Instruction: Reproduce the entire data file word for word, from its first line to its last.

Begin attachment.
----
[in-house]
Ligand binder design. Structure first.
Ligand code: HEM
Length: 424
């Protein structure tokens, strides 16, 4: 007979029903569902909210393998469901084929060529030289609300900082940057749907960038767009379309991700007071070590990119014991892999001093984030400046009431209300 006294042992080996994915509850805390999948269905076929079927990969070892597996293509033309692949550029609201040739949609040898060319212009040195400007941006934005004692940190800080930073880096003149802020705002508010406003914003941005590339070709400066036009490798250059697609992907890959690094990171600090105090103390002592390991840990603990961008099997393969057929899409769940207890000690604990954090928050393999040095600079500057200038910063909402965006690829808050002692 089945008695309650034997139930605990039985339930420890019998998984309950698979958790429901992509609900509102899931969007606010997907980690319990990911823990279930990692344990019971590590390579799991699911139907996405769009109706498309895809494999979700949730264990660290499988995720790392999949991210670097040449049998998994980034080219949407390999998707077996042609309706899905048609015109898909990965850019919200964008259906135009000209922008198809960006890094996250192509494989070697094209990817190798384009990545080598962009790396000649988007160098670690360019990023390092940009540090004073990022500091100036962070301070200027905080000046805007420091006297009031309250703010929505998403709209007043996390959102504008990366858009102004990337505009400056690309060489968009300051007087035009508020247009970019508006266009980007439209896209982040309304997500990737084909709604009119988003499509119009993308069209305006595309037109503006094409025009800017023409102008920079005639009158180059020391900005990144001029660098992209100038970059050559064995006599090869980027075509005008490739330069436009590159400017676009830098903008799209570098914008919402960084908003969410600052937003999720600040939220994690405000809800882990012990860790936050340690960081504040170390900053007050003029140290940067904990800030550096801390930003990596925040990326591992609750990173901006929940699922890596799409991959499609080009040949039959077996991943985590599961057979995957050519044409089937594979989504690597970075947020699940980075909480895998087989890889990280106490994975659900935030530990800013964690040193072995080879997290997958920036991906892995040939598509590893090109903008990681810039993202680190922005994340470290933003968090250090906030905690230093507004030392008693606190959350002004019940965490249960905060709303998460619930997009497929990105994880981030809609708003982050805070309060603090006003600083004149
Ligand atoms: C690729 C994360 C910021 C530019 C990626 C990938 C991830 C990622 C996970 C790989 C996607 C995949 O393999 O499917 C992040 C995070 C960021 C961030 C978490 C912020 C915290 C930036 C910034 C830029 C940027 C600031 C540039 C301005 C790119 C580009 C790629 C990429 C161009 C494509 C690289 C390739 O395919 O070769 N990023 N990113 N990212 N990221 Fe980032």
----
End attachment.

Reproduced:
[in-house]
Ligand binder design. Structure first.
Ligand code: HEM
Length: 424
């Protein structure tokens, strides 16, 4: 007979029903569902909210393998469901084929060529030289609300900082940057749907960038767009379309991700007071070590990119014991892999001093984030400046009431209300 006294042992080996994915509850805390999948269905076929079927990969070892597996293509033309692949550029609201040739949609040898060319212009040195400007941006934005004692940190800080930073880096003149802020705002508010406003914003941005590339070709400066036009490798250059697609992907890959690094990171600090105090103390002592390991840990603990961008099997393969057929899409769940207890000690604990954090928050393999040095600079500057200038910063909402965006690829808050002692 089945008695309650034997139930605990039985339930420890019998998984309950698979958790429901992509609900509102899931969007606010997907980690319990990911823990279930990692344990019971590590390579799991699911139907996405769009109706498309895809494999979700949730264990660290499988995720790392999949991210670097040449049998998994980034080219949407390999998707077996042609309706899905048609015109898909990965850019919200964008259906135009000209922008198809960006890094996250192509494989070697094209990817190798384009990545080598962009790396000649988007160098670690360019990023390092940009540090004073990022500091100036962070301070200027905080000046805007420091006297009031309250703010929505998403709209007043996390959102504008990366858009102004990337505009400056690309060489968009300051007087035009508020247009970019508006266009980007439209896209982040309304997500990737084909709604009119988003499509119009993308069209305006595309037109503006094409025009800017023409102008920079005639009158180059020391900005990144001029660098992209100038970059050559064995006599090869980027075509005008490739330069436009590159400017676009830098903008799209570098914008919402960084908003969410600052937003999720600040939220994690405000809800882990012990860790936050340690960081504040170390900053007050003029140290940067904990800030550096801390930003990596925040990326591992609750990173901006929940699922890596799409991959499609080009040949039959077996991943985590599961057979995957050519044409089937594979989504690597970075947020699940980075909480895998087989890889990280106490994975659900935030530990800013964690040193072995080879997290997958920036991906892995040939598509590893090109903008990681810039993202680190922005994340470290933003968090250090906030905690230093507004030392008693606190959350002004019940965490249960905060709303998460619930997009497929990105994880981030809609708003982050805070309060603090006003600083004149
Ligand atoms: C690729 C994360 C910021 C530019 C990626 C990938 C991830 C990622 C996970 C790989 C996607 C995949 O393999 O499917 C992040 C995070 C960021 C961030 C978490 C912020 C915290 C930036 C910034 C830029 C940027 C600031 C540039 C301005 C790119 C580009 C790629 C990429 C161009 C494509 C690289 C390739 O395919 O070769 N990023 N990113 N990212 N990221 Fe980032």